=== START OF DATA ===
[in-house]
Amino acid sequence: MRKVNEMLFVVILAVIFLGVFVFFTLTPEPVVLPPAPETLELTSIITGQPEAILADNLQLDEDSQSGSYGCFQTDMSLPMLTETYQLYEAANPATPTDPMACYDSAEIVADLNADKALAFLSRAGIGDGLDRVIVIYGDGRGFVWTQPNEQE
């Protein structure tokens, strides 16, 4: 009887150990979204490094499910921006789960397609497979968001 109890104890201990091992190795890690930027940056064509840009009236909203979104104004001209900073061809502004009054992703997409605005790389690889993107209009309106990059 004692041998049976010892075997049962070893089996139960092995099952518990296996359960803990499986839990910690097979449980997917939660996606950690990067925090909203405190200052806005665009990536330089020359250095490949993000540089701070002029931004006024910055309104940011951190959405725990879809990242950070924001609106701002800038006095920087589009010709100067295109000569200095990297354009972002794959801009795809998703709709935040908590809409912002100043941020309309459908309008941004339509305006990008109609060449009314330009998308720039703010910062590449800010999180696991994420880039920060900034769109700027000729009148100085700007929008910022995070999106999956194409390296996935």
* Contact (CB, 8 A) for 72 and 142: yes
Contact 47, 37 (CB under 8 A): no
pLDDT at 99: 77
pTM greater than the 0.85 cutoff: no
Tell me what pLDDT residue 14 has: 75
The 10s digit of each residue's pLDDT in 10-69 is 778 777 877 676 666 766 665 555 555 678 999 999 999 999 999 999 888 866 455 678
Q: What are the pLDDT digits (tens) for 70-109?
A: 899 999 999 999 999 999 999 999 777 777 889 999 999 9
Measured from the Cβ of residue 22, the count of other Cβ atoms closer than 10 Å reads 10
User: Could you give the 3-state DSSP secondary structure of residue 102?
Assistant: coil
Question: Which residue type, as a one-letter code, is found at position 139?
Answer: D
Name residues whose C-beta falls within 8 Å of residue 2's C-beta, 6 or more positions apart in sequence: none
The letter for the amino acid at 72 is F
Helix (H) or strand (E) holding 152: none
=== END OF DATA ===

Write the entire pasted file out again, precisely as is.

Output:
[in-house]
Amino acid sequence: MRKVNEMLFVVILAVIFLGVFVFFTLTPEPVVLPPAPETLELTSIITGQPEAILADNLQLDEDSQSGSYGCFQTDMSLPMLTETYQLYEAANPATPTDPMACYDSAEIVADLNADKALAFLSRAGIGDGLDRVIVIYGDGRGFVWTQPNEQE
């Protein structure tokens, strides 16, 4: 009887150990979204490094499910921006789960397609497979968001 109890104890201990091992190795890690930027940056064509840009009236909203979104104004001209900073061809502004009054992703997409605005790389690889993107209009309106990059 004692041998049976010892075997049962070893089996139960092995099952518990296996359960803990499986839990910690097979449980997917939660996606950690990067925090909203405190200052806005665009990536330089020359250095490949993000540089701070002029931004006024910055309104940011951190959405725990879809990242950070924001609106701002800038006095920087589009010709100067295109000569200095990297354009972002794959801009795809998703709709935040908590809409912002100043941020309309459908309008941004339509305006990008109609060449009314330009998308720039703010910062590449800010999180696991994420880039920060900034769109700027000729009148100085700007929008910022995070999106999956194409390296996935």
* Contact (CB, 8 A) for 72 and 142: yes
Contact 47, 37 (CB under 8 A): no
pLDDT at 99: 77
pTM greater than the 0.85 cutoff: no
Tell me what pLDDT residue 14 has: 75
The 10s digit of each residue's pLDDT in 10-69 is 778 777 877 676 666 766 665 555 555 678 999 999 999 999 999 999 888 866 455 678
Q: What are the pLDDT digits (tens) for 70-109?
A: 899 999 999 999 999 999 999 999 777 777 889 999 999 9
Measured from the Cβ of residue 22, the count of other Cβ atoms closer than 10 Å reads 10
User: Could you give the 3-state DSSP secondary structure of residue 102?
Assistant: coil
Question: Which residue type, as a one-letter code, is found at position 139?
Answer: D
Name residues whose C-beta falls within 8 Å of residue 2's C-beta, 6 or more positions apart in sequence: none
The letter for the amino acid at 72 is F
Helix (H) or strand (E) holding 152: none